Olympics: Japan women’s team takes it easy against South Africa, avoids travel for quarterfinal game
By Charles Boehm
Sometimes winning means not winning. At least, that’s how the Japanese women’s national team saw it in their final group stage game of the Olympic women’s soccer tournament.
Japan deliberately avoided scoring against South Africa on Tuesday, leading to a 0-0 draw that ensured that the team will play its quarterfinal match in their present location of Cardiff, Wales instead of Glasgow, Scotland.
“It was a different way of playing compared to the usual game, but the players were on the same page as me,” head coach Norio Sasaki told media afterwards. “I feel sorry we couldn’t show a respectable game, but it’s my responsibility, not the players, why the game was like that. It was important for us not to move to Glasgow.”
Having already secured a place in the knockout stages, Japan were keen to avoid a trip across Great Britain for their quarterfinal and they made little secret of that fact by taking their foot off the gas pedal against a South African side which had been outscored 7-1 in their first two matches, against Sweden and Canada.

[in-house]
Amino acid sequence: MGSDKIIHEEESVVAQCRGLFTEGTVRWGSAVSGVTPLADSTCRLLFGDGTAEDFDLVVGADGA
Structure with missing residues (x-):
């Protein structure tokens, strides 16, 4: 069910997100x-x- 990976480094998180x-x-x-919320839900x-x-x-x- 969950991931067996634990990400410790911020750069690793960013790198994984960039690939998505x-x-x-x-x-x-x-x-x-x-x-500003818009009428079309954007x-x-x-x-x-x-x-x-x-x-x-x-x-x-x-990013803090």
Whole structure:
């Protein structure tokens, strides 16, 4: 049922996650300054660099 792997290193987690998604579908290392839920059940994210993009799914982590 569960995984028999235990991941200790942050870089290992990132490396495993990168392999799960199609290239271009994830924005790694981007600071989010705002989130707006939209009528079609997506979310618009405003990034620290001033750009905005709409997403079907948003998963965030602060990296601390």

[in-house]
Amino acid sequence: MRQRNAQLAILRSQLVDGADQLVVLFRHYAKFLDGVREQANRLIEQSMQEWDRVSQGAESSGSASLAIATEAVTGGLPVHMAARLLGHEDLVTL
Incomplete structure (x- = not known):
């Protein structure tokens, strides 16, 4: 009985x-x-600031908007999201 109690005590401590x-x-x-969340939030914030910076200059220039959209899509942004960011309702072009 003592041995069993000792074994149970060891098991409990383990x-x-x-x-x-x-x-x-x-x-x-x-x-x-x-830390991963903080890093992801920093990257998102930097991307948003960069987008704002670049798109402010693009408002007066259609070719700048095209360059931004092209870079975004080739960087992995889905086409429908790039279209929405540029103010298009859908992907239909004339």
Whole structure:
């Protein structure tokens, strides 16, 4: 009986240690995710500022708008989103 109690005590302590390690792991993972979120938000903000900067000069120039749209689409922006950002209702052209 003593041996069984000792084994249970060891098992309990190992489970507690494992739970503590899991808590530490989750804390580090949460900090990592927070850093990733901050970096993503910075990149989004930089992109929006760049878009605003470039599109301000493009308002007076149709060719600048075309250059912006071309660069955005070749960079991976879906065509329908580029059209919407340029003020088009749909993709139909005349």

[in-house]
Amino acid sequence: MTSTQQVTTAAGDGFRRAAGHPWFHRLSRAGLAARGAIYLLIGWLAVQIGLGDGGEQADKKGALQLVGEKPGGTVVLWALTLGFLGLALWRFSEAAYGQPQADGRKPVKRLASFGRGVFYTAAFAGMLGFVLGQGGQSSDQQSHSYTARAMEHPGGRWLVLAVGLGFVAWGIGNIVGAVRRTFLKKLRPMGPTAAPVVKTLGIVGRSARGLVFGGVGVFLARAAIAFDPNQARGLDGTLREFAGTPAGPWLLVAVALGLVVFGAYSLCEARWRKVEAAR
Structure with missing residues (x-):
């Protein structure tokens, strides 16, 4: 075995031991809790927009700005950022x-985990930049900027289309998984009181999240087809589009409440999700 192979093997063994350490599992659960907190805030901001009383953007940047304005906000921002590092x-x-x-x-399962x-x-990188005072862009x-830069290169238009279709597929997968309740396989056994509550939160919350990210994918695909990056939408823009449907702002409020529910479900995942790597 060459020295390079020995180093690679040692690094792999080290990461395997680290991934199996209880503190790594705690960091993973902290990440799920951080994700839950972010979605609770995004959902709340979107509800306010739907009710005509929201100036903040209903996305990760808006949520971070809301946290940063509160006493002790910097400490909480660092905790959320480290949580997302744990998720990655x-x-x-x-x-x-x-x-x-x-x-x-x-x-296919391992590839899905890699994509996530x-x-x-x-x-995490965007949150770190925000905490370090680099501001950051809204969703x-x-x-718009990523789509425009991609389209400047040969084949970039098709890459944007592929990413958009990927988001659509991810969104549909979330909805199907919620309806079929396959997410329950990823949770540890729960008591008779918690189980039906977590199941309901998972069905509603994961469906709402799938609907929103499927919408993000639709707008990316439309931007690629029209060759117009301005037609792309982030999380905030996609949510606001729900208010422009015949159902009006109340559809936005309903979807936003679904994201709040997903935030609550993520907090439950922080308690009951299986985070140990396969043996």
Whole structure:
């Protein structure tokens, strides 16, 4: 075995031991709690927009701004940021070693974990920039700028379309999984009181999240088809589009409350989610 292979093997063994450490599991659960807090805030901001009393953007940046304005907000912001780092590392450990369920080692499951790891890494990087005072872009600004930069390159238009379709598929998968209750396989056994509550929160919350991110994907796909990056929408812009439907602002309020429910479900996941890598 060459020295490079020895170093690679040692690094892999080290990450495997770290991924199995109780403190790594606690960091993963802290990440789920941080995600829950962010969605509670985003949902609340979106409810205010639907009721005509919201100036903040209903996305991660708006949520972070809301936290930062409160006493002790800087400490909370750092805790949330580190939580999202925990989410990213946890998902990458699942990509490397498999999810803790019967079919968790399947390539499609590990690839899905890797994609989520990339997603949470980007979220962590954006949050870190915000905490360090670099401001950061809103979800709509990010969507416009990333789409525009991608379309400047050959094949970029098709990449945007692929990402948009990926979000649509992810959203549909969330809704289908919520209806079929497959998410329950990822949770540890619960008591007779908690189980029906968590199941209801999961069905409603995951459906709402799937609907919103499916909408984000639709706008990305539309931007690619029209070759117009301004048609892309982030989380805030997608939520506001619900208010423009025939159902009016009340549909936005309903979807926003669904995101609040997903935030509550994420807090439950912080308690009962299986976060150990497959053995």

Some commentators also suggested that the defending Women’s World Cup champions wanted to avoid playing France, who had defeated them in a warm-up match earlier this year. Japan will face Brazil instead, a team which has been well short of its best but whose creativity and athleticism nonetheless presents substantial challenges.
FIFA officials said there would be no investigation or punishment of the situation, because the two teams did not conspire to create a certain result.
Editor’s note: What do you think? Did Japan disgrace the Olympics’ competitive spirit, or merely do what was necessary to give themselves the best chance to win the tournament as a while? If you were a coach in Sasaki’s place, would you direct your players to do the same thing?